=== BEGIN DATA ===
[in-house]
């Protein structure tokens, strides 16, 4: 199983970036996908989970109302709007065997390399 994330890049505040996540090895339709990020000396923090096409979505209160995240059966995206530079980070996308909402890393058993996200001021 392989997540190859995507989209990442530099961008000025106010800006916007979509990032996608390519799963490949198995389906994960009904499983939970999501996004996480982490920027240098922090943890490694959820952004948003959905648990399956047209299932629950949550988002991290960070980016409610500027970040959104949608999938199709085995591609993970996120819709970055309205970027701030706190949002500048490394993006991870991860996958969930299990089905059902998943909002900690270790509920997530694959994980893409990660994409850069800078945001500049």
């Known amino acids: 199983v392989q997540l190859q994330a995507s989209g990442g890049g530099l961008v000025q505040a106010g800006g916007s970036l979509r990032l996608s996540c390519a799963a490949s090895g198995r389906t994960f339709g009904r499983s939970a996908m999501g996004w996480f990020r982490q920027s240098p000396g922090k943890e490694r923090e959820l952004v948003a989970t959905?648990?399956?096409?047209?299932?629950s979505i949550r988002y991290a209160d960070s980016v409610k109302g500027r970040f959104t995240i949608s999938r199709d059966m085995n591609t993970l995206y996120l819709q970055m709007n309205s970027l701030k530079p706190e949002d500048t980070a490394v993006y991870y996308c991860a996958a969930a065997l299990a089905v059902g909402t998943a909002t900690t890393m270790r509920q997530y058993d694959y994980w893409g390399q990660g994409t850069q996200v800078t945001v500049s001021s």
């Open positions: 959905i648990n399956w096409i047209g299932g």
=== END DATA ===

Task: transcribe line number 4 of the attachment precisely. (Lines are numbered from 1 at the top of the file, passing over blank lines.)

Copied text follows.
């Open positions: 959905i648990n399956w096409i047209g299932g």